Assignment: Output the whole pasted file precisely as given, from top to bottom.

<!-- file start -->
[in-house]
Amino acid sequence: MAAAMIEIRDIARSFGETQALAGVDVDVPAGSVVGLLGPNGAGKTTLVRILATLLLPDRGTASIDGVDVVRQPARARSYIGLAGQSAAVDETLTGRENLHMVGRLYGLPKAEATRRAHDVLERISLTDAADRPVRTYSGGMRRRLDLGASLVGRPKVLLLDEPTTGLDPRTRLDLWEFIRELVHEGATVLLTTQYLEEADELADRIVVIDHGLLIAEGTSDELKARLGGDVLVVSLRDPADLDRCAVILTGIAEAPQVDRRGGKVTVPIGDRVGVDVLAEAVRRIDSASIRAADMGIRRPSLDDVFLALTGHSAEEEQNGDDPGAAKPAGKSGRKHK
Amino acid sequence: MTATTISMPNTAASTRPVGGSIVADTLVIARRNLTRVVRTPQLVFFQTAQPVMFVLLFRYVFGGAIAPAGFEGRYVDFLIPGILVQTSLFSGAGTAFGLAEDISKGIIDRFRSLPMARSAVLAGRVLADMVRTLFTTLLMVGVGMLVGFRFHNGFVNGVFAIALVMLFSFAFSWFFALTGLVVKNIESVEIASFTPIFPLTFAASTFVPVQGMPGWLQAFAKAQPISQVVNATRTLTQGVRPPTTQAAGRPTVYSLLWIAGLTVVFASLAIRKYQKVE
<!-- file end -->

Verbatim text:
[in-house]
Amino acid sequence: MAAAMIEIRDIARSFGETQALAGVDVDVPAGSVVGLLGPNGAGKTTLVRILATLLLPDRGTASIDGVDVVRQPARARSYIGLAGQSAAVDETLTGRENLHMVGRLYGLPKAEATRRAHDVLERISLTDAADRPVRTYSGGMRRRLDLGASLVGRPKVLLLDEPTTGLDPRTRLDLWEFIRELVHEGATVLLTTQYLEEADELADRIVVIDHGLLIAEGTSDELKARLGGDVLVVSLRDPADLDRCAVILTGIAEAPQVDRRGGKVTVPIGDRVGVDVLAEAVRRIDSASIRAADMGIRRPSLDDVFLALTGHSAEEEQNGDDPGAAKPAGKSGRKHK
Amino acid sequence: MTATTISMPNTAASTRPVGGSIVADTLVIARRNLTRVVRTPQLVFFQTAQPVMFVLLFRYVFGGAIAPAGFEGRYVDFLIPGILVQTSLFSGAGTAFGLAEDISKGIIDRFRSLPMARSAVLAGRVLADMVRTLFTTLLMVGVGMLVGFRFHNGFVNGVFAIALVMLFSFAFSWFFALTGLVVKNIESVEIASFTPIFPLTFAASTFVPVQGMPGWLQAFAKAQPISQVVNATRTLTQGVRPPTTQAAGRPTVYSLLWIAGLTVVFASLAIRKYQKVE